Product: ClarityCap (ICW) SA Capacitors
Manufacturer: ClarityCap - UK
Cost (approximately): 1 uF: £2.40, 6.8 uF: £6.20, 10 uF: £8
Reviewer: Maarten van Casteren - TNT UK
Reviewed: November, 2006
One of the websites I like to check from time to time is Tony Gee's Humble Homemade Hifi. It is a very interesting site about DIY speaker design and building. One of my favourite pages is Tony's capacitor test. Here he lists over 20 different types of film capacitors, with his personal experiences and opinion of them. As usual the most expensive are the best, but luckily there are a few exceptions. One of these are the ClarityCap capacitors, which he found to be of very good quality and very neutral sounding for a reasonable price. Reason enough for me to investigate. I contacted ClarityCap and was send some samples to experiment with.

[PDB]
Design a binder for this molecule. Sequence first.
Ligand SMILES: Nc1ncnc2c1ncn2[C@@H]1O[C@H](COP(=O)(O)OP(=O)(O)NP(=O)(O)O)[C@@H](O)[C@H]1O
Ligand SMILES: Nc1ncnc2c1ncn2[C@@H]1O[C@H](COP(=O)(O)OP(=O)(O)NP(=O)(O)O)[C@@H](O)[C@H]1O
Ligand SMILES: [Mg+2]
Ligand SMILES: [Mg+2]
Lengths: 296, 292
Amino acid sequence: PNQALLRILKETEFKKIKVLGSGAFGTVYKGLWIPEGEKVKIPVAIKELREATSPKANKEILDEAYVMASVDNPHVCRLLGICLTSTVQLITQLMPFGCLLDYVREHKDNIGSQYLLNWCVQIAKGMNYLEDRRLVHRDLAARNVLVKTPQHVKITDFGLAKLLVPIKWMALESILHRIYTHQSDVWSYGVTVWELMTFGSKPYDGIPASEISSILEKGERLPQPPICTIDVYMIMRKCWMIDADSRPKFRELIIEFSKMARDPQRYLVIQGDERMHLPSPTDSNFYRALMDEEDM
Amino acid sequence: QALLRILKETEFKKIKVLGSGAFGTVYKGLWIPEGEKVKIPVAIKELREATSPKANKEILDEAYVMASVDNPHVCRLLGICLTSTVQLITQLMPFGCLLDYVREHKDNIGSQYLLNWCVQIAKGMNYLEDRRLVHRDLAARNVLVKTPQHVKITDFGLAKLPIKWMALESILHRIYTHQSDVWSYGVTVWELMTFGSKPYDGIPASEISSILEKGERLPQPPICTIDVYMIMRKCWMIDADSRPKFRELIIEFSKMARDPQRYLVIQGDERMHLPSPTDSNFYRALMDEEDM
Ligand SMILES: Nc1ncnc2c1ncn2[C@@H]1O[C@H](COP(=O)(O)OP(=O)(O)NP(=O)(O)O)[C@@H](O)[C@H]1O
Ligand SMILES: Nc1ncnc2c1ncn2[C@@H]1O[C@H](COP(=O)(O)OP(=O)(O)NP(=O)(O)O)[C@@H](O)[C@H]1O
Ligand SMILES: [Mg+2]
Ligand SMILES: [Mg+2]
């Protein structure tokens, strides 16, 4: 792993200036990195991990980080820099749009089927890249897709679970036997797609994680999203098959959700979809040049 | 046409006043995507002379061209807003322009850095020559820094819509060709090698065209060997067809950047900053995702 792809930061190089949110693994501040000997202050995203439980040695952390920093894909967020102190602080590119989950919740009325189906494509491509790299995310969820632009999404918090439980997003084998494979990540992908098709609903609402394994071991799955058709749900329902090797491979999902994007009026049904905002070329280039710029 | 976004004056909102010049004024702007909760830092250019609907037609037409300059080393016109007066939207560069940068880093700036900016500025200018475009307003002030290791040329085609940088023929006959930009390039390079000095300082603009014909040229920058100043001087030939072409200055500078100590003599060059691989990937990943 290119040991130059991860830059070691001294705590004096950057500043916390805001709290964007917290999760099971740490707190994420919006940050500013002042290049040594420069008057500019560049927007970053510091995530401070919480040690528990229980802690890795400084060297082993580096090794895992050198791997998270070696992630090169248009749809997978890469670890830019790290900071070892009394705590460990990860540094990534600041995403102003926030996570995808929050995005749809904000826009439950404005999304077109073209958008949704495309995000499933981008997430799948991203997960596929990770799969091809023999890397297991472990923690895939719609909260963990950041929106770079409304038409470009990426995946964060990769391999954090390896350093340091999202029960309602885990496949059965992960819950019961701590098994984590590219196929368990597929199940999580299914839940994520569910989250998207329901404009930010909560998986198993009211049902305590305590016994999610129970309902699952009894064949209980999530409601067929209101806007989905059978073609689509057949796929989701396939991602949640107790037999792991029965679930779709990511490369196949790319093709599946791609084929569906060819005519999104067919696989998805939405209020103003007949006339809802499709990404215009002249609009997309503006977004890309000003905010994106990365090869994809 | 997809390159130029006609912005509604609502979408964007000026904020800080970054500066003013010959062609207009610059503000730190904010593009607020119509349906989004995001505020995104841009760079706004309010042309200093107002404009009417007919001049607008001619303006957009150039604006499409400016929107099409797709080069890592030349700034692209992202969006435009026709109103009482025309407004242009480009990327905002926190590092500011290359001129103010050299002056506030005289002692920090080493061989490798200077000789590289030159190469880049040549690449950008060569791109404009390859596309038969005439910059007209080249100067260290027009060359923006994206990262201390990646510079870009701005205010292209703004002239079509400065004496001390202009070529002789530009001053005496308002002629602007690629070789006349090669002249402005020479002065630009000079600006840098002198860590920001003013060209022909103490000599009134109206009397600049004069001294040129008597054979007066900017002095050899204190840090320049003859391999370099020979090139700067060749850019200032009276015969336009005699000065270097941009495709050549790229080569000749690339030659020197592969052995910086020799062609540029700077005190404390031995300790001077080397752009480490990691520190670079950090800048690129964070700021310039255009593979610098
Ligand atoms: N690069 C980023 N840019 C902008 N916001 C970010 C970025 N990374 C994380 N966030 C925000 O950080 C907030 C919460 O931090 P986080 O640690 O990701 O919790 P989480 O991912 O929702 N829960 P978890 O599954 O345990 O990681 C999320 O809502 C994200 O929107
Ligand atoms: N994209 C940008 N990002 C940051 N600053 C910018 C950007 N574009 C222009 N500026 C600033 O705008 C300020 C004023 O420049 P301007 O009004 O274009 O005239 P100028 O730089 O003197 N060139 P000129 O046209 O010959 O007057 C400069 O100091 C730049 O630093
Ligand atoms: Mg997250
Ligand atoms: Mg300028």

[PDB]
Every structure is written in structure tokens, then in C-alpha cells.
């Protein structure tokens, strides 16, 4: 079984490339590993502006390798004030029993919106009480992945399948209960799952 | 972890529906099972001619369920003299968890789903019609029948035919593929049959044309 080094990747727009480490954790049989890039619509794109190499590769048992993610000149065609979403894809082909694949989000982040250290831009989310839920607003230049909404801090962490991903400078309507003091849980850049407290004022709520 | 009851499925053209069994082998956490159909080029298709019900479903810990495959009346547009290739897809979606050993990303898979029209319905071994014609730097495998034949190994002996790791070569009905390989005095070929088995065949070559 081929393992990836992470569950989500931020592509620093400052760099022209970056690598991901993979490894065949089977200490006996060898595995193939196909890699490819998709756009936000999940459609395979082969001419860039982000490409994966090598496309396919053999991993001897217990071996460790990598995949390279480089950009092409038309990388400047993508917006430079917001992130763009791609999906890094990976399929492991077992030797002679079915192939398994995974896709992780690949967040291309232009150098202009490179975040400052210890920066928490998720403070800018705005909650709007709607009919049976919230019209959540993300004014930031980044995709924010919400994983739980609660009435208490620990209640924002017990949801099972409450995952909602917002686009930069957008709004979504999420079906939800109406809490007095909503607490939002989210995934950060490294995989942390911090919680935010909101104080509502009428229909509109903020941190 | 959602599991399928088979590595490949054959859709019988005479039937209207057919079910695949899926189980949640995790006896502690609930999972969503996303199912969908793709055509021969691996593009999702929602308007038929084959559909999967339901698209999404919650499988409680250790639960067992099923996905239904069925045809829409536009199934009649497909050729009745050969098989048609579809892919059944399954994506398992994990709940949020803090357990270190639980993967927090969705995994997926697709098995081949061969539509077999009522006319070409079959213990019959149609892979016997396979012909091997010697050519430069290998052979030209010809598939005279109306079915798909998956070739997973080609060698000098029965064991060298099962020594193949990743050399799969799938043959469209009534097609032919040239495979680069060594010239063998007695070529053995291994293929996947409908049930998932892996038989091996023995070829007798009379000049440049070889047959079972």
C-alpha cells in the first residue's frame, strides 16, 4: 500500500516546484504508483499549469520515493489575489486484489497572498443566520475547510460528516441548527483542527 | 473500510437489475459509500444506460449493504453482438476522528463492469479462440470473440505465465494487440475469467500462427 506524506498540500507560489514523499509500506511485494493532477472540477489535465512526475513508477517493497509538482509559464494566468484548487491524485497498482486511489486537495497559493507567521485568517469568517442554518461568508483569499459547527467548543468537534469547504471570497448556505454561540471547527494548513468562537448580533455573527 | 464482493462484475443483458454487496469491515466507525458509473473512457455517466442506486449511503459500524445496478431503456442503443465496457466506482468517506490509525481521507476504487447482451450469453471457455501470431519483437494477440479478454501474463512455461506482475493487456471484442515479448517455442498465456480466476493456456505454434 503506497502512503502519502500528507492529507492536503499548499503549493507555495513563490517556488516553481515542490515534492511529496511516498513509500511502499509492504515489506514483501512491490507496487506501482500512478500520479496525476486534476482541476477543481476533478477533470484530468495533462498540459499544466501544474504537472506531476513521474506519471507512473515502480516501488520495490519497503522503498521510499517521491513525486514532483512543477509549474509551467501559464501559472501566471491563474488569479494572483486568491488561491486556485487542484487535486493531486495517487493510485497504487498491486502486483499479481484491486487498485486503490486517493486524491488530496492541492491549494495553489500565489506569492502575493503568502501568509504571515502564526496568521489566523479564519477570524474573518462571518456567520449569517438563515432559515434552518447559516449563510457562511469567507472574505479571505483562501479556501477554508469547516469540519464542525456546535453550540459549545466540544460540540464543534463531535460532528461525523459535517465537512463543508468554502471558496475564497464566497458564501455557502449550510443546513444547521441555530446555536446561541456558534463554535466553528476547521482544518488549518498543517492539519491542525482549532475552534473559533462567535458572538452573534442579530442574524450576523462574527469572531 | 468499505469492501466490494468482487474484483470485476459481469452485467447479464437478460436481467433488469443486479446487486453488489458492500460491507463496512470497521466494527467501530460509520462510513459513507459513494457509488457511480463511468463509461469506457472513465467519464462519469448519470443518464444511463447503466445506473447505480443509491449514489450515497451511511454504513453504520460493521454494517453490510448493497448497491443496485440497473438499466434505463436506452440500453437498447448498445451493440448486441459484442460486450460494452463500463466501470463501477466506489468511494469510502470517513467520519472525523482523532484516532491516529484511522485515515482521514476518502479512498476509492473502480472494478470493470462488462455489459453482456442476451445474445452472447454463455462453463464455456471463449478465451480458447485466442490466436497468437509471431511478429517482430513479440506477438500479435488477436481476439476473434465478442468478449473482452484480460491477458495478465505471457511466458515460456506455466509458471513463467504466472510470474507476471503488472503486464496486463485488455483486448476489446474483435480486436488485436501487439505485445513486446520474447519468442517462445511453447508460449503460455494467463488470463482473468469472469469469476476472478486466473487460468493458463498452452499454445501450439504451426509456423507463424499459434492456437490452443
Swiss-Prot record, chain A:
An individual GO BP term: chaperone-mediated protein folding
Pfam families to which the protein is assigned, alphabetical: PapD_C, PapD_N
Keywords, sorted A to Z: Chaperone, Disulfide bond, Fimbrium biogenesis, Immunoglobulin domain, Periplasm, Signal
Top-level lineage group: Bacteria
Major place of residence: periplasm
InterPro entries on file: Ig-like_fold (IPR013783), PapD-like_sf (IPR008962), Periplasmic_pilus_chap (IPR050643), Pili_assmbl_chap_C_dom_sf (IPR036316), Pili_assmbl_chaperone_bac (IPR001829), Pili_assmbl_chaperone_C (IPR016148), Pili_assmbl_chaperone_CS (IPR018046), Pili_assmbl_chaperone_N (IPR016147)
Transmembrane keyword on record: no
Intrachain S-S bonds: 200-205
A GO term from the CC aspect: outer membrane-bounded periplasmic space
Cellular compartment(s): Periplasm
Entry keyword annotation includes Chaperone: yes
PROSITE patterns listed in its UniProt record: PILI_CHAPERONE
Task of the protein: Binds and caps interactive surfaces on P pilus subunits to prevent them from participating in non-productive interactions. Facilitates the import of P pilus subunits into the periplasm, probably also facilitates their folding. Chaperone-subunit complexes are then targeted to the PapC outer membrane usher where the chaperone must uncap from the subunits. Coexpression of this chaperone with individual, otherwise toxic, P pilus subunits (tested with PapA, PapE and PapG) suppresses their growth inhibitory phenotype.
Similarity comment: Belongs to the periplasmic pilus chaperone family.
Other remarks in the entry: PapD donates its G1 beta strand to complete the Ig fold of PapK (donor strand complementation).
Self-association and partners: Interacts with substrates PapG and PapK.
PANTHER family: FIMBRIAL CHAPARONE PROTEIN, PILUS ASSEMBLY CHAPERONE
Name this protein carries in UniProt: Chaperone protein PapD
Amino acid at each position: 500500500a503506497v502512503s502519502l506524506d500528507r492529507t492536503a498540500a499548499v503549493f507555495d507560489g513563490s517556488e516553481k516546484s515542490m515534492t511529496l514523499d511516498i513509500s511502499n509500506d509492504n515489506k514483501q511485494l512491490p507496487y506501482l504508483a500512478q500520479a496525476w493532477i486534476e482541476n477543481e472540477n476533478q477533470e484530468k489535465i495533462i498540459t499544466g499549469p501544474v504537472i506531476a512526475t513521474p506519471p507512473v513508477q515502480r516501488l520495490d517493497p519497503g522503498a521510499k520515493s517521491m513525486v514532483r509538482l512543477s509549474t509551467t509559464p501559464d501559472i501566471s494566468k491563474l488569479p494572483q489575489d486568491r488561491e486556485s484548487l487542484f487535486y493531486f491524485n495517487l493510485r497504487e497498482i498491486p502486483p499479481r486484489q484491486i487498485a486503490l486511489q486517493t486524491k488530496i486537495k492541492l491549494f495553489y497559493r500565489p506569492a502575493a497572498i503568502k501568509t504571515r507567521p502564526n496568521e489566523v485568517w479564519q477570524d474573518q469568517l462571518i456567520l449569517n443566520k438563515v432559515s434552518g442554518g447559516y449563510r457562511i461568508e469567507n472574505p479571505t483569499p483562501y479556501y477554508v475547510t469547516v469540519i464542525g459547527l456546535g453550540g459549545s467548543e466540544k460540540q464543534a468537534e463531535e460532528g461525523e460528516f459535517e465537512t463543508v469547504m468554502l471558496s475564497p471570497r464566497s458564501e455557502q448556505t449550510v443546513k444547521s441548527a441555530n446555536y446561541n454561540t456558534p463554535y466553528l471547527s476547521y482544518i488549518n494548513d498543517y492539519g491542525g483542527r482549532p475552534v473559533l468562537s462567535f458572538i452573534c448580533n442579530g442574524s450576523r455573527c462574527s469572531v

All caps I used were from the SA range, which is one down from their top range. There's an even better DTAC range, but these are complicated to use as they are very big and awkward sized and don't have leads, but screw terminals. The SA caps are already rather large, I have to say. For many applications that will be a problem, but I managed to squeeze them in. ClarityCap have three other ranges APW, PW and PX. These are more affordable and also smaller that the SA range, but obviously of a lower quality as well. ClarityCap is also known as ICW, by the way. Actually, ClarityCap is a division of ICW, with ICW focussing on industrial applications.